The death of someone loved often leaves us feeling indebted to that person ; a sensation that, on the other hand, far from being pathological, is in many cases a proof of our good mental functioning. However, there are times when these supposed emotional debts become a real burden, which does not let us overcome the duel, much less move forward.
People are able to experience the feeling that we have emotional debts, both with living people and with people who are no longer there. The complicated thing is that paying off our debts with those who no longer live is, at least, complicated. Before, we could feel in debt, but there was an after . Not now.
The emotional debts with which they are no longer can torment us a lot, without any basis for it. Human relationships are essentially imperfect and there will always be something missing or about them . There is no situation in which there is no loose end. Therefore, we should not feed those imaginary debts.
Accept the imperfection of life
The death surprised us all with problems to overcome, goals to accomplish and experience without living . It arrives when it arrives and only on a few occasions there is the possibility of saying goodbye by closing all pending issues.
The same goes for those who survive that person who is no longer there. Death can generate guilt because we are alive and that person we love is no longer . It is an advantage that sometimes we fail to assimilate and this fault often takes the form of a long inventory of emotional debts.
We think we stop saying or doing something we would have liked to say or do with that person. However, we rarely get enough distance in those moments to see things with perspective.
On the other hand, it is likely that this person also left with situations that he wanted to solve, put a different end or continuation.
Emotional debts vs. Personal contributions
One of the keys to overcoming the duel for the death of someone is to focus more on the positive that is in the lived. We tend to look spontaneously at everything that that person provided us and that we will never receive again . We also tend to think about all its virtues and good deeds.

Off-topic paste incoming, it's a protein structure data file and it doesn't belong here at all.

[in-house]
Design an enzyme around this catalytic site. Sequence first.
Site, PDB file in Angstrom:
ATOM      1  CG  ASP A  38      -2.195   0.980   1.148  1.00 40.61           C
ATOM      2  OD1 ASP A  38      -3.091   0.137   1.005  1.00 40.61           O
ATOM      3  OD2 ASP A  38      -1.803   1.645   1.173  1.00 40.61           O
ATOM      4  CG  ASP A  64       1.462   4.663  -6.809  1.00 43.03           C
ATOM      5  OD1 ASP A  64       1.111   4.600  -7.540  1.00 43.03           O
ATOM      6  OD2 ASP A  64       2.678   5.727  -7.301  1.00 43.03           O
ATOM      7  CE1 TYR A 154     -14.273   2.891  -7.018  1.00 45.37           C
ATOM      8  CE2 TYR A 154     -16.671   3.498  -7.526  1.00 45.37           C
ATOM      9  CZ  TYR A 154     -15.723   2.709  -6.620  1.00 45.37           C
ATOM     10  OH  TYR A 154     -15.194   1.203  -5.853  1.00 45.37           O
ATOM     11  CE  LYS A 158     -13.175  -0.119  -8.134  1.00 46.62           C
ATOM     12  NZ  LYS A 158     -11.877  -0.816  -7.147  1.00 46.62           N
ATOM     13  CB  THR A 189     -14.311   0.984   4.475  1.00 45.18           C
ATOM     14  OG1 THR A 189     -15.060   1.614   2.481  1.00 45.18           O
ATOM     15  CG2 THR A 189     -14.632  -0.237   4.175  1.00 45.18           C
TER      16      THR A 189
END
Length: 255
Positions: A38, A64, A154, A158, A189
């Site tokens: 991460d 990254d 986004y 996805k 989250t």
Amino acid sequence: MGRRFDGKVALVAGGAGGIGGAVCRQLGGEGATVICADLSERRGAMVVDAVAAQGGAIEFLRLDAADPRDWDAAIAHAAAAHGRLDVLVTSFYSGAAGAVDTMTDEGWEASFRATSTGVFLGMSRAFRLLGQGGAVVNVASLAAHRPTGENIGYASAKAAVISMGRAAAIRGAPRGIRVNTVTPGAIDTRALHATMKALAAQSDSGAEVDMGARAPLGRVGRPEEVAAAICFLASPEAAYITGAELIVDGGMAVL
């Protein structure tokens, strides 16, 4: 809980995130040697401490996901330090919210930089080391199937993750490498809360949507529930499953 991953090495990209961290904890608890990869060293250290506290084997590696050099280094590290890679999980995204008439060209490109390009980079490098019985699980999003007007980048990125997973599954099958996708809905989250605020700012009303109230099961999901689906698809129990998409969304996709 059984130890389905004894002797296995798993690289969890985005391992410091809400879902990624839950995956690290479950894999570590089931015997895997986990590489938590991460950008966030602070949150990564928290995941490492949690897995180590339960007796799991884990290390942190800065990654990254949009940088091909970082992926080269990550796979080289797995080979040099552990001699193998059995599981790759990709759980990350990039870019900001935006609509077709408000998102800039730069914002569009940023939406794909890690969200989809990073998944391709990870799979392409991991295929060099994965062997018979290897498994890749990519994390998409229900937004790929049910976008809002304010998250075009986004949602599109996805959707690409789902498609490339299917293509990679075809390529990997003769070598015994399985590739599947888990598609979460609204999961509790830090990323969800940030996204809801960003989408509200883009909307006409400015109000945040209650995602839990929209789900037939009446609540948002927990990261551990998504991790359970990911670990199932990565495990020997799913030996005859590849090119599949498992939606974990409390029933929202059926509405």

Unfortunately, we don’t always do that with ourselves. And if we do, many times we end up feeling that we had more emotional debts than we had written down. This is a bias that appears because that supposed selfishness seems inappropriate.
In spite of everything, if we take things with a little more peace of mind, we are likely to realize that we probably did that person well too . With whom we love, if we didn’t give more, it was often because we didn’t have more to give.
None of us is an ideal person, nor was he who left. It is better to remember the positive part and part.
Suffering and projection to the future
Many times we also feed and emphasize the supposed emotional debts with those who have already left, because deep down we think that suffering is a demonstration of love . We somehow build the idea that now our love must be expressed as suffering; otherwise it would be a sign of heartbreak.
That is another fallacy. It is obvious that we feel sorry for the inability to see or share with that person who is gone. However, this does not mean that suffering is the only thing we should experience. Love occurs in life and it never dies, and the truth is that it does not need such expressions to prove that it is authentic .
For this reason, it is worth doing the exercise of imagining what that loved one would want for us. Would you be satisfied to see us overwhelmed by pain and no possibility of experiencing another feeling? Would you be pleased or pleased to see that we have a hard time moving forward without your presence? Probably not.
Sometimes it helps to apologize for what we did or stopped doing . A symbolic forgiveness through a letter or some personal ritual. If we nurture the idea that we have emotional debts that must be settled, we will not only hinder the grieving process, but we will also not do something useful.